A Chicago-area activist group protested Saturday at the Oak Brook headquarters of McDonald's corporation, 2111 McDonald's Dr., to take a stand against the fast food giant's sponsorship of the 2014 Winter Olympic Games in Sochi, Russia.
Members and supporters of StonewallAgain are calling on McDonald's to demand a new venue for the Olympics instead of Sochi because of the Russian Federation's harsh anti-LGBT laws that were voted into place this summer. In a deal that lasts through 2020, McDonald's pays about $100 million to be sole retail food sponsor for each pair of Olympics in a four-year period.
The company has denounced the laws but has not called for any significant action on the part of the International Olympic Committee. In an Aug. 13 statement to Buzzfeed, McDonald's Spokesperson Heidi Barker said, "There's no room for discrimination under the Golden Arches …We support the International Olympic Committee's belief that sport is a human right and the Olympic Games should be open to all, free of discrimination, and that applies to spectators, officials, media and athletes."
StonewallAgain's founder, Mike Lackovich, dismissed the statement as platitudes. "They say the words but there is nothing behind them. They are just blanket statements."
But Andy Thayer of Gay Liberation Network pointed out that at least the statement signified that McDonald's is aware of the issue. "They wouldn't have said those words for no reason."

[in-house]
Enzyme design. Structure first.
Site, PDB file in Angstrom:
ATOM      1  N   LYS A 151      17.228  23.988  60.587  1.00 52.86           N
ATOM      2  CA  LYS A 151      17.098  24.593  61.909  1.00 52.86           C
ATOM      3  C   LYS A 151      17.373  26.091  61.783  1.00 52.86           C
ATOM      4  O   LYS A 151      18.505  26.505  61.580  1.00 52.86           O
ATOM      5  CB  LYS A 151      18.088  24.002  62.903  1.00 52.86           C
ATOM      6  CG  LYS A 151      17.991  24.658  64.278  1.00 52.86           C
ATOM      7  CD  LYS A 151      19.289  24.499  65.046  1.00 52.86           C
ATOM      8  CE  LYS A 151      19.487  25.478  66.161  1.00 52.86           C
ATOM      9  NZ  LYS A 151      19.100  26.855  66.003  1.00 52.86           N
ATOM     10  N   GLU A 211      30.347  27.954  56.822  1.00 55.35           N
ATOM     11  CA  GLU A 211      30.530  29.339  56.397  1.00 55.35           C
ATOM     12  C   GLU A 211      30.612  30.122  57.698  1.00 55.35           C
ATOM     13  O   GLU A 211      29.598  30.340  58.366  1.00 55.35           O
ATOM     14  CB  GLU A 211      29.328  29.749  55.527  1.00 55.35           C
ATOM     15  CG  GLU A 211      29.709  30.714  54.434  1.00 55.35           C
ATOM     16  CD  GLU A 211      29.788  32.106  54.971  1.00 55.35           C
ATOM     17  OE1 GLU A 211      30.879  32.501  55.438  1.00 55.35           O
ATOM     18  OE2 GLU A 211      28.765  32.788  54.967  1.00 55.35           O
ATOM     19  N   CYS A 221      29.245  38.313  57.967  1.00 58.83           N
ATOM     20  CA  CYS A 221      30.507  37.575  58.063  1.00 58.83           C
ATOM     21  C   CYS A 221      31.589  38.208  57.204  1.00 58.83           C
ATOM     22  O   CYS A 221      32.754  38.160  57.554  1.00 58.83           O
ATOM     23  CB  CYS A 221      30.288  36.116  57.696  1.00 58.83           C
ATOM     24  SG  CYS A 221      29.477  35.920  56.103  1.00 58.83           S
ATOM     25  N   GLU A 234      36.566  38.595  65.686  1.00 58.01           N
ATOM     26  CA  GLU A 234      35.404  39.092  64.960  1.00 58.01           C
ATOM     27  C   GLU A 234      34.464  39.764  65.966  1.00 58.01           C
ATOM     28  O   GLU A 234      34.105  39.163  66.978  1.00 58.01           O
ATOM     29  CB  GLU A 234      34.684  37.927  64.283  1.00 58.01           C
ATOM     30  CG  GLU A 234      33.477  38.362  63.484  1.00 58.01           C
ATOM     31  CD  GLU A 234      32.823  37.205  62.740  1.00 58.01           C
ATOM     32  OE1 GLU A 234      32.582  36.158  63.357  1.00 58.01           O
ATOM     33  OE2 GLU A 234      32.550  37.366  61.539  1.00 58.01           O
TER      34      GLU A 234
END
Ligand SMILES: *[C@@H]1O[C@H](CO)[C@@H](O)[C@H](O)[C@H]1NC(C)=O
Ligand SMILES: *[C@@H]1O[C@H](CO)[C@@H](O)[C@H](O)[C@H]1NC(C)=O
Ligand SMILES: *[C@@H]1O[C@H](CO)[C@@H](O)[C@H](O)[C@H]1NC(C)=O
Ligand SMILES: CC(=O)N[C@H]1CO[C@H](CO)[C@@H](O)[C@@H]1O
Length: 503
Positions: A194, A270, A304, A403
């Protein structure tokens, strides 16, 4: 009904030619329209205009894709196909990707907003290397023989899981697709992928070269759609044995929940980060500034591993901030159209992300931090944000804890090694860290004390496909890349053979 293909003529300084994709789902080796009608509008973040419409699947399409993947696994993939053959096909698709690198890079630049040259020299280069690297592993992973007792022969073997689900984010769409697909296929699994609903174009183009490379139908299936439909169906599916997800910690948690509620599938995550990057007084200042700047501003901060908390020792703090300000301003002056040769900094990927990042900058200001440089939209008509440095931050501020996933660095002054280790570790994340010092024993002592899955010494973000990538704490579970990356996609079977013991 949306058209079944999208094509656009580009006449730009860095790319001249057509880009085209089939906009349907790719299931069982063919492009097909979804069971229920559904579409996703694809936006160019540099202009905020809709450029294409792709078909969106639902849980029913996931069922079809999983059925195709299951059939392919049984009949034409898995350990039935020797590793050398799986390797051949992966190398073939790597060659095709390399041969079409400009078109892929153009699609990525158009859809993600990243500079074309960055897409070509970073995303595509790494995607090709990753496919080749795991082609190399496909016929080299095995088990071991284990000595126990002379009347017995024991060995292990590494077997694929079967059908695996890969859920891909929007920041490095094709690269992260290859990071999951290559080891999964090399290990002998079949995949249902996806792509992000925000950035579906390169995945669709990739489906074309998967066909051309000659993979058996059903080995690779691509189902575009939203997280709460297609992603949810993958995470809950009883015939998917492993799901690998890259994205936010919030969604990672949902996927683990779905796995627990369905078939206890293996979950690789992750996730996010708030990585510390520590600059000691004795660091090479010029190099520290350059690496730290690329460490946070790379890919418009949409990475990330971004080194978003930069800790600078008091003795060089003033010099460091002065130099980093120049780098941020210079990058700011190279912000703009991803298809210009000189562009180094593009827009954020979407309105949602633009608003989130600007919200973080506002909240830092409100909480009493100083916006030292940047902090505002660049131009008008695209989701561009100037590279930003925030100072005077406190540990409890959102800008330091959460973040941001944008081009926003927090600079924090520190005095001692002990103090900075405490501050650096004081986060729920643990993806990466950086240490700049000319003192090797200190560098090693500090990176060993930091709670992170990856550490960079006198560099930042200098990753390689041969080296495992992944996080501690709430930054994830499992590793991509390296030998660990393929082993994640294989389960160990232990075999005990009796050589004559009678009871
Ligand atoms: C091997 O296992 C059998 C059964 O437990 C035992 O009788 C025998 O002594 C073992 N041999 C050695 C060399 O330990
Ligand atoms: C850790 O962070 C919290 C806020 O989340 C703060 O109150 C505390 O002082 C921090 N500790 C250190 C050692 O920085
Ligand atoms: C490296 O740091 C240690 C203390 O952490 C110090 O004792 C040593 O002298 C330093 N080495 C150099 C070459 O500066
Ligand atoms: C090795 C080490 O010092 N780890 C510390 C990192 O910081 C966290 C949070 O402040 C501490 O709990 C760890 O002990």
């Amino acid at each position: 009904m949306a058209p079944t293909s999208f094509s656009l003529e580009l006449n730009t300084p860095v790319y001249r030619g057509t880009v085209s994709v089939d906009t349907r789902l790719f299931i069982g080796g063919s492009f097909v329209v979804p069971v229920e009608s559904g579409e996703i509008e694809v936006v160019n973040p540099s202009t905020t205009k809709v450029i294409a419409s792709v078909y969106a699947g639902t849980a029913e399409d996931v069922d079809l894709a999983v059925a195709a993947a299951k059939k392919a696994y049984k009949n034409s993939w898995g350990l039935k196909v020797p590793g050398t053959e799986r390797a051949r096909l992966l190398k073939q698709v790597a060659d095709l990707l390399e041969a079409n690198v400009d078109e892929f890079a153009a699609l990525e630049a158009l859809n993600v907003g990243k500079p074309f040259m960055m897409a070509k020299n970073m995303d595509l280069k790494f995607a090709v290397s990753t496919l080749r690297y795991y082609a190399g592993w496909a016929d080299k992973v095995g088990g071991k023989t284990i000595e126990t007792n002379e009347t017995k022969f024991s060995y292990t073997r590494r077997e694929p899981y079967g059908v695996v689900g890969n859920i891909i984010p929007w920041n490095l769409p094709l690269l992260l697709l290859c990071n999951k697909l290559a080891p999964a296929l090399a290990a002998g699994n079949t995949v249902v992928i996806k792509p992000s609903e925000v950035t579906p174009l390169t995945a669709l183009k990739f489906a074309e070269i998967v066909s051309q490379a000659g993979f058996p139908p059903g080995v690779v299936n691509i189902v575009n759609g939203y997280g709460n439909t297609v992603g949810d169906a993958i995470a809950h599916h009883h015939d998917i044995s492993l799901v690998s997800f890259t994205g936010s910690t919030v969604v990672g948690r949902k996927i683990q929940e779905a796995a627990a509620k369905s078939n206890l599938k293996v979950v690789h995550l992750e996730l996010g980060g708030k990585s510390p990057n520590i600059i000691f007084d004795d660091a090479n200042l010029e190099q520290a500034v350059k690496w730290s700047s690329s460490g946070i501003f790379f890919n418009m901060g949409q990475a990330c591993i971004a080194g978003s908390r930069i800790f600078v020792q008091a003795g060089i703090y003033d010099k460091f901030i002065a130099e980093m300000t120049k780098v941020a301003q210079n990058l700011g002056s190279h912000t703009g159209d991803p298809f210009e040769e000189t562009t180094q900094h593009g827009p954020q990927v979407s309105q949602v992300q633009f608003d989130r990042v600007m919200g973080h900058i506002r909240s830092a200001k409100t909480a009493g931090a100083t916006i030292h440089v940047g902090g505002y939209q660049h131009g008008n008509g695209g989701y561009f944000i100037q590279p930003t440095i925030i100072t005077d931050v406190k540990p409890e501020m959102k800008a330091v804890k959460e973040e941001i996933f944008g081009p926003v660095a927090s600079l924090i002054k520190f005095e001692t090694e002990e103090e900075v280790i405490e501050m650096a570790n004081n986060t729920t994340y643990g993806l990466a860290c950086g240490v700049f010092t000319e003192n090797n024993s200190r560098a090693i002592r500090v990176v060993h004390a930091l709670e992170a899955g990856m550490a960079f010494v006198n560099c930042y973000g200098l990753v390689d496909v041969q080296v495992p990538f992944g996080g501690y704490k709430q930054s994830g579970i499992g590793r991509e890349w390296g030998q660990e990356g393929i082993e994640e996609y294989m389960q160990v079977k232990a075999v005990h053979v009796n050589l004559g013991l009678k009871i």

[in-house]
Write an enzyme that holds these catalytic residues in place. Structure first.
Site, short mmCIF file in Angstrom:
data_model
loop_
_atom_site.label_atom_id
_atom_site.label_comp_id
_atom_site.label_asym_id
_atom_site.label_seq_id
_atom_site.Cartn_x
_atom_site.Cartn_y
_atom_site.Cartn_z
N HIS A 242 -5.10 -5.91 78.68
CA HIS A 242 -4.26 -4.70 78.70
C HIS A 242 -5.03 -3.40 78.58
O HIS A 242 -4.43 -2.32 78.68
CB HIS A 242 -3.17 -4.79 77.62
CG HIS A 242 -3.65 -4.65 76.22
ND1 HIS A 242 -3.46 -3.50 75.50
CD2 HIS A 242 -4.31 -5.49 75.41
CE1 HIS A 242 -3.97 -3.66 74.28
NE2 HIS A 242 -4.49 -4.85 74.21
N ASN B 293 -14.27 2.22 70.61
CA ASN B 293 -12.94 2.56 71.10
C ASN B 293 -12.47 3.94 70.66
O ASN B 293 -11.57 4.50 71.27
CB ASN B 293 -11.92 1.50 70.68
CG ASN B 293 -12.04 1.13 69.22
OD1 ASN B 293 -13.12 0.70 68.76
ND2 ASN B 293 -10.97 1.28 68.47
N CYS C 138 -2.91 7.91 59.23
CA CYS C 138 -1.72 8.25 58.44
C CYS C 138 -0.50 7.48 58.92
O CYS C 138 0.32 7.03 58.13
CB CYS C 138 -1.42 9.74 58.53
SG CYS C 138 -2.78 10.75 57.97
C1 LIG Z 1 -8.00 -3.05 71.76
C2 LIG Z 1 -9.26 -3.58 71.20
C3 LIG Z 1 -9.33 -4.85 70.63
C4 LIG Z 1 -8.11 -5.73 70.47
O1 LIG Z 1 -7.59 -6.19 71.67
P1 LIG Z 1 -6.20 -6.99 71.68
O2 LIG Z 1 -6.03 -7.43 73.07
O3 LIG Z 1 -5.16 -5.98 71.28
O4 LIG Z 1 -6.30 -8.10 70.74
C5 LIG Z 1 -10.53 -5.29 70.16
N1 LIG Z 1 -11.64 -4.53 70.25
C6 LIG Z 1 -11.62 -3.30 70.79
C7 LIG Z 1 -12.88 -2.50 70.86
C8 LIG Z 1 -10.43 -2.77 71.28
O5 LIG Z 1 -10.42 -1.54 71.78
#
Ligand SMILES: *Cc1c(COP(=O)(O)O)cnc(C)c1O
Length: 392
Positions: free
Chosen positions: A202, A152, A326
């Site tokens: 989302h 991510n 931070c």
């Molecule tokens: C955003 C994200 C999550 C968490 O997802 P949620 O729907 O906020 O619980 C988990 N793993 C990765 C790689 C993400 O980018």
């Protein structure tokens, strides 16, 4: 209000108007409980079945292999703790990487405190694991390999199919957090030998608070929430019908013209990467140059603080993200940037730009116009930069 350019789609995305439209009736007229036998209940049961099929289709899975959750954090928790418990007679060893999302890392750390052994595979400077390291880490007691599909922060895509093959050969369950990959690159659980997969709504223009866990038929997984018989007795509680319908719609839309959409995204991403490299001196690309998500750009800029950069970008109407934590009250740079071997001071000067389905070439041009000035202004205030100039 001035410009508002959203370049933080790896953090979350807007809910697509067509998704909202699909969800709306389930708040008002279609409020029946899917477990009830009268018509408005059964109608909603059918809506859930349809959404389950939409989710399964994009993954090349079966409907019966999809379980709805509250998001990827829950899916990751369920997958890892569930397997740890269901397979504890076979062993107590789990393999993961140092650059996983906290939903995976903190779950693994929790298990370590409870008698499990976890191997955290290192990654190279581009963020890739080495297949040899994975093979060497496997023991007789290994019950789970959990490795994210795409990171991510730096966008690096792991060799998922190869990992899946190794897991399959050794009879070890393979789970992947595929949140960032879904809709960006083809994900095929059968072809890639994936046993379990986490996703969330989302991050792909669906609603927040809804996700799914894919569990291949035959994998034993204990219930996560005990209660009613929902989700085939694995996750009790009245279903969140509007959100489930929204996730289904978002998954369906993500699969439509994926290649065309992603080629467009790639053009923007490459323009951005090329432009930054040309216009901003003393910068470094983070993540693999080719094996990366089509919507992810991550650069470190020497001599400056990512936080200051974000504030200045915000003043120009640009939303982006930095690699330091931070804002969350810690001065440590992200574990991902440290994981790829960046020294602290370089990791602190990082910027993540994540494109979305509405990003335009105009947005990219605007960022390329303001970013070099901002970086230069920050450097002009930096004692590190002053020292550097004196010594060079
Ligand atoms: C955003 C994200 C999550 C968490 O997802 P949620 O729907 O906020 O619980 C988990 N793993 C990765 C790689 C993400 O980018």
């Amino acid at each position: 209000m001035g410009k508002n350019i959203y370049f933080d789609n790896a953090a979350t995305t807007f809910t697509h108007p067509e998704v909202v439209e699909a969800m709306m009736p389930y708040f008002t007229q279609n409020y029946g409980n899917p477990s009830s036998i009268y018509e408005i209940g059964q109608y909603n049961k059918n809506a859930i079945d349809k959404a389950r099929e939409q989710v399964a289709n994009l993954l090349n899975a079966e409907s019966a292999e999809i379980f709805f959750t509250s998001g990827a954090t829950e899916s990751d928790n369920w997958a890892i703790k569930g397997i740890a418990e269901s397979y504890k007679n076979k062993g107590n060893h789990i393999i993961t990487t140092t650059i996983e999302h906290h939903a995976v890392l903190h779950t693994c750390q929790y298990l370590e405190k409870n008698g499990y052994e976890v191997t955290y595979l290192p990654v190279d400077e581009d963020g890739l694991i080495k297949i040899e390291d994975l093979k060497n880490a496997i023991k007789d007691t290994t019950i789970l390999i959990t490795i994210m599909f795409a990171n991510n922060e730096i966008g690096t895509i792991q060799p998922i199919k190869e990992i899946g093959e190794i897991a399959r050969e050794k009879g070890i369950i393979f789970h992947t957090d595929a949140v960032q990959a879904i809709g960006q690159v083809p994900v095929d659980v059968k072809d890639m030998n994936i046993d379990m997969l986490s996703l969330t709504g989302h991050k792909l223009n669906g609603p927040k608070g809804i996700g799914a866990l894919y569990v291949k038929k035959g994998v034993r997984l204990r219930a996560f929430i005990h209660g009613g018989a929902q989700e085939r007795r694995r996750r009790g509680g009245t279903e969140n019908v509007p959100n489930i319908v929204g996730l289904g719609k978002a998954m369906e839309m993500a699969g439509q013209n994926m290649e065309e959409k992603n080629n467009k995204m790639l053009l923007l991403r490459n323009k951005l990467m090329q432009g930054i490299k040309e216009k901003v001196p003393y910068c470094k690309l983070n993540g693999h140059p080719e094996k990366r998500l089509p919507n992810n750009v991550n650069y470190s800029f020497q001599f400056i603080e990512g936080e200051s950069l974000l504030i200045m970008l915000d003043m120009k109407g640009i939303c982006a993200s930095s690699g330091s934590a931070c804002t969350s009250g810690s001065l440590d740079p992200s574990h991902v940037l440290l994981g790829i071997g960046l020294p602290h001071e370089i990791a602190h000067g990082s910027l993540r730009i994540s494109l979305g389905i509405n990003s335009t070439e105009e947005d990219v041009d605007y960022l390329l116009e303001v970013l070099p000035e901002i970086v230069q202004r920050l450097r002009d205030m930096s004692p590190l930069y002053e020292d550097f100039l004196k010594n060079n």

Lackovich said there are numerous places that the Olympics could be moved, or an alternate event set up, and that McDonald's and other sponsors had the econonic muscle to force the IOC's hand. "There's plenty of alternatives available to McDonald's. It's not like they couldn't afford to sponsor a parallel set of Olympics if they wanted to," he said.
The Russian Federation, by implementing the laws, is clearly in violation of their contract with the IOC, Lackovich added, and needs to be held accountable. "But it's money that drives the Olympics."
"The whole McDonald's connection highlights that Putin gets a lot of complicity from the West," said Thayer. "The activists there have gotten zilch from the West."
"I used to love McDonald's," added Mike Oboza, founder of Bisexual Queer Alliance of Chicago. "But then I saw the pictures and messages coming out of Russia. This isn't a bisexual or a queer issue; it's a human rights issue."
While McDonald's, their co-sponsors and the IOC have been reticent to approach the issue, some athletes have not. Two Swedish participants at the world track and field championships in Moscow last week painted rainbows on their fingernails. Two women later kissed on the winner's platform, as well.
Russian gold medalist Yelena Isinbayeva, who is symbolic "mayor" of the athlete's village in Sochi, first denounced the behavior of the Swedes, but quickly backtracked. Later in the week, she said her statements could have been misinterpreted due to her poor English.